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Should you update your operating system? How can you tell when it's time?  
By Alan Zisman      2021-02-13

Turkish translation by Zoltan Solak ~ Estonian translation by Martin Aus ~ Russian translation by wow essays

Reader alert - this blog post is mostly focused at Mac-users. Windows-users are welcome to read it, of course, but it's not about you.

Last month, I wrote a blog post about how to decide it's time to upgrade your tech hardware....
but more often, we're faced with a related question - should I go ahead and click Update when my Mac or Windows (or iOS - less often with Android) device tells me there's a new version available.

It may seem like there's no right answer. Maybe the new version will fix bugs - or maybe it will introduce new bugs. (Or both). Maybe it will make your system less vulnerable to some online vulnerabilities - but you may not have noticed these vulnerabilities affecting your digital life.

And upgrading may seem like it's a pain and that it's probably going to interupt whatever you were doing on your device, and force you to restart at an awkward time. And it may force you to do things a different way and maybe software (and sometimes hardware) you've been using and rely on won't work any more.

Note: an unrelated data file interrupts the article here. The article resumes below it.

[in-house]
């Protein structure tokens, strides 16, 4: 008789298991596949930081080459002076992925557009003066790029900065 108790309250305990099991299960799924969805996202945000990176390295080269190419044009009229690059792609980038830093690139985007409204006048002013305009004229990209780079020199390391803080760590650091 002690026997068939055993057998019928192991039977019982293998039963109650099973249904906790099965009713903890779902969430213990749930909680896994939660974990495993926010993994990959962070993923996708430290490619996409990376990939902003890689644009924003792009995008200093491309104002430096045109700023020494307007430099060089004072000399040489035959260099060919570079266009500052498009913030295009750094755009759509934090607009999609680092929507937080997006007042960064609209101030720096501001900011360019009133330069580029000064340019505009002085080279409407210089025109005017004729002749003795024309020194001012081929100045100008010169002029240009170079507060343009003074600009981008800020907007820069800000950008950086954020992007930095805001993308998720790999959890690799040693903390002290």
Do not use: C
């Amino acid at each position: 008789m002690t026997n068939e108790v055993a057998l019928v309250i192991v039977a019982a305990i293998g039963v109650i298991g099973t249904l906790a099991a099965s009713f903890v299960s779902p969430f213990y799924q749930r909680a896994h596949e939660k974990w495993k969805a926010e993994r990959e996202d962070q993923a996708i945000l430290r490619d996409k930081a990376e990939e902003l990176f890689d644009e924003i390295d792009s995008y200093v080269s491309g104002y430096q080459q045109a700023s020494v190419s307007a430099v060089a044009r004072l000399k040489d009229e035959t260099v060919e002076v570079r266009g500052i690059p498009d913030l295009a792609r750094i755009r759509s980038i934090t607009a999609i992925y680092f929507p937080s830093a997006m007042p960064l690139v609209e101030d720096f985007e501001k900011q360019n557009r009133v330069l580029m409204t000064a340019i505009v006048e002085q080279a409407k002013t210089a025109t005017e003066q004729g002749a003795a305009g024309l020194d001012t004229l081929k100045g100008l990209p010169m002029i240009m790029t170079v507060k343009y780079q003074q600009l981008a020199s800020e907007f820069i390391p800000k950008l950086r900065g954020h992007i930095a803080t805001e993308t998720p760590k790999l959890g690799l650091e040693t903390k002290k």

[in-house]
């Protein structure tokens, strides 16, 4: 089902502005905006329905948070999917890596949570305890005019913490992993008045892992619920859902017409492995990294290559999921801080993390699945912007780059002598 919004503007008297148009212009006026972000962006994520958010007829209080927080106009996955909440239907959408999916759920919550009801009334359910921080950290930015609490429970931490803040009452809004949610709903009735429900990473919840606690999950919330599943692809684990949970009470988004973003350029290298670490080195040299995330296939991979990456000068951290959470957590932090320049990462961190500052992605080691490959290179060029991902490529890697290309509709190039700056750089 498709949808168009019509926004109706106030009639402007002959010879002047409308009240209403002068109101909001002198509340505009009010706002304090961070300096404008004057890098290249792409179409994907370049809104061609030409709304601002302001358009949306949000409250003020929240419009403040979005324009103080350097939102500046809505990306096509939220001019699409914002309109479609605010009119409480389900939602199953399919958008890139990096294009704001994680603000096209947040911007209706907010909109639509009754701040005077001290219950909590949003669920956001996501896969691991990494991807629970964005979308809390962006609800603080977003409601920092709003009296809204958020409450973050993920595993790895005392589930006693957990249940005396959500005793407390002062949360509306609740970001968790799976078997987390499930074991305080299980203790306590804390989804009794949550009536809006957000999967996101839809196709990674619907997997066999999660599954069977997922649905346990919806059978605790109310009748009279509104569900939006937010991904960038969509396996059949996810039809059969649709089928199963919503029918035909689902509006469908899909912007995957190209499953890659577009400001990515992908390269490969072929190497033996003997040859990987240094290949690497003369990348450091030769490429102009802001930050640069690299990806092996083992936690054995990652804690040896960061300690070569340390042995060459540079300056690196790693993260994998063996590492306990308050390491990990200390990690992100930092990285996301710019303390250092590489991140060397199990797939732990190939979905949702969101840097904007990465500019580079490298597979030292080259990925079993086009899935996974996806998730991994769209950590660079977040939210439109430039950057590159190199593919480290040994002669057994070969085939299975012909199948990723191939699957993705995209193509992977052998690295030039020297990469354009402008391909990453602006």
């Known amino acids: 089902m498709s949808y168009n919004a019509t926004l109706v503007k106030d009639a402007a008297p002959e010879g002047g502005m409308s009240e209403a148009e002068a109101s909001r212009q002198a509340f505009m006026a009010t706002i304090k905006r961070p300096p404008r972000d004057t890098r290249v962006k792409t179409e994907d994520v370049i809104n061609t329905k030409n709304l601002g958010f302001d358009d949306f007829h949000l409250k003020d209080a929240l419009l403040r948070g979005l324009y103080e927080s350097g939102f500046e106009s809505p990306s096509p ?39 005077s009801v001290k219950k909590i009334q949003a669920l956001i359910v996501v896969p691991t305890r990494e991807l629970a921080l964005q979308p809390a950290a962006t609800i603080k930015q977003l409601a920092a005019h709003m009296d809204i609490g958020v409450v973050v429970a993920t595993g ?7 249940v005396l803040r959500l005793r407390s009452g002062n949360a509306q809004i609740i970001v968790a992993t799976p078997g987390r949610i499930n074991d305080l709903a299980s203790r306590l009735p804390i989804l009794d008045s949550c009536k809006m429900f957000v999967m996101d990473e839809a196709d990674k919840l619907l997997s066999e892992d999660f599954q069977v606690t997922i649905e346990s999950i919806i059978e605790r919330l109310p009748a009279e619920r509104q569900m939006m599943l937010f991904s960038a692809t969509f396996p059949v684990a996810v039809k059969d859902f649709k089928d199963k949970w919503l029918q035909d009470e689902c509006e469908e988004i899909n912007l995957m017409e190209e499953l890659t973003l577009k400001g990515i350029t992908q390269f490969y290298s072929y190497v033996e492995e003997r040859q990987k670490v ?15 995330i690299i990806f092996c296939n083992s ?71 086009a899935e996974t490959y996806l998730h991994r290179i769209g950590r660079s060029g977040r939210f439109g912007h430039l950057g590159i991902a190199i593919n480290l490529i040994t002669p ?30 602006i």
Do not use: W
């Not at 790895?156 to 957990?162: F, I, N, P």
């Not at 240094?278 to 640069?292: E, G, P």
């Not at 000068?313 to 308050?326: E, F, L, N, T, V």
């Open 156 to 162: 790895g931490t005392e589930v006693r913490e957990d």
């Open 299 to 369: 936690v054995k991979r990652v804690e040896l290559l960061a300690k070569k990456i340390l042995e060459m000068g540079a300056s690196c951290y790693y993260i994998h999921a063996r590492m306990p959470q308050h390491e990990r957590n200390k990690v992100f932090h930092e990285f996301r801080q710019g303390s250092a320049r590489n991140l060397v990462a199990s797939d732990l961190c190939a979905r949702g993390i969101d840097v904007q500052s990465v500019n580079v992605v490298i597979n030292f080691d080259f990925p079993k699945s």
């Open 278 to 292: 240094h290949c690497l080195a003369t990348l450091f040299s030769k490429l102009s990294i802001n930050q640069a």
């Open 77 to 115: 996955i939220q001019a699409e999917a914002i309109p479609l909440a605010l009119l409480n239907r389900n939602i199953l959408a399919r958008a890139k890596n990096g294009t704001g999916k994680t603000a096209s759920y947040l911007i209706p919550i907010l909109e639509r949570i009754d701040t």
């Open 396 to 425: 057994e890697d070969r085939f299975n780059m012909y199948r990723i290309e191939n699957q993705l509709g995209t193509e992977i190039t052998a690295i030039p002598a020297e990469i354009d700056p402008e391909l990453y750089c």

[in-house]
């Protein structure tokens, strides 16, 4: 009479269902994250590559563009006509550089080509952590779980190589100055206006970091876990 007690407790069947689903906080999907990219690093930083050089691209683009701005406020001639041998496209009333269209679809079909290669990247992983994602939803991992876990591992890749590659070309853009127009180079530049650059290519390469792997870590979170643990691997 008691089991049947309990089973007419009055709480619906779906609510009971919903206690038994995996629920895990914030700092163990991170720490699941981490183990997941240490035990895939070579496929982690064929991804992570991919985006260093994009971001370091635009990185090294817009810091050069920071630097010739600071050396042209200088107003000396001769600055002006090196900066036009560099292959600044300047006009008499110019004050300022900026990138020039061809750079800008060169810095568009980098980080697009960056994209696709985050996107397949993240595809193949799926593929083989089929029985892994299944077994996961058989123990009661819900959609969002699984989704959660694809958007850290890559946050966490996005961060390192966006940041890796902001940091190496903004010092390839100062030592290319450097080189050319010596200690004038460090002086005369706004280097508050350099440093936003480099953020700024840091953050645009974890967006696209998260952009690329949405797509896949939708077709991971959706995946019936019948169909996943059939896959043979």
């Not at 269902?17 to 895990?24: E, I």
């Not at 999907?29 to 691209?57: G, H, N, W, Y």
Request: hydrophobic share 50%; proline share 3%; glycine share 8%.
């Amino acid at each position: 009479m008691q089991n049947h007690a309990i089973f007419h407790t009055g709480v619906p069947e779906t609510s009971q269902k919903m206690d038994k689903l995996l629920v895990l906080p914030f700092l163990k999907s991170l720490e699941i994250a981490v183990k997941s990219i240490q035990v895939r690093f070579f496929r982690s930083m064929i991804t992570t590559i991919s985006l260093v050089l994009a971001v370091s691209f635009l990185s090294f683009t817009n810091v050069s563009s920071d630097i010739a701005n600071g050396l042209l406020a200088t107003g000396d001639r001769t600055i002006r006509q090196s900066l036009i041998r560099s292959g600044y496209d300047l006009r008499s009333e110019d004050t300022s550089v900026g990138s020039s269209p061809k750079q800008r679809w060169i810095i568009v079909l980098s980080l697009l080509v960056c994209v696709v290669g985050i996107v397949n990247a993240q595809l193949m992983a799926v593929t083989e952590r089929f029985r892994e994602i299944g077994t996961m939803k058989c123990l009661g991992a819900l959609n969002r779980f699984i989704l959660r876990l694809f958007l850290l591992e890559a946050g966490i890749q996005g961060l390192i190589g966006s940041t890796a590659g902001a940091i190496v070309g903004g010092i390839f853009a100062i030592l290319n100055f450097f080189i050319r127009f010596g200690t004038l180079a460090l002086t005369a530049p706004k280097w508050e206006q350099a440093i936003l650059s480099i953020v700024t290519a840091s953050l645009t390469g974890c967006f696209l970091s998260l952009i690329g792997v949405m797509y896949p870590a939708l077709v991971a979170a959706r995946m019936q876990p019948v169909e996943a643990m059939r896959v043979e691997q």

As I said in that other blog post, I know a bunch of people who are running older computers (and phones and tablets). And most of them are running older versions of the Mac or Windows operating system - many of them have gotten quite used to clicking Cancel when they get an update notification - if they notice it at all. Oh sure, they mean to get around to it. But now they're so many versions behind.

Apple updates Mac OS on a more or less annual basis - typically in June. The result is that each individual new version is an incremental improvement over the previous version, but it's generally not a big deal if a user skips one. Most times, the new version 'obsoletes' some older Mac hardware, but generally Apple supports its hardware for quite a long while. For instance, the 2013 MacBook Air is supported by the current (2020-21) Big Sur version 11 of Apple's Mac OS, but earlier MacBook Air models are officially 'obsolete' - no longer supported.

So owners of this 7 1/2 year old MacBook Air model could be running Apple's latest and greatest Mac OS version. But quite a few haven't taken the plunge. (That 2013 Air originally shipped with that year's current Mac OS X version - OS X 10.8 (Mountain Lion).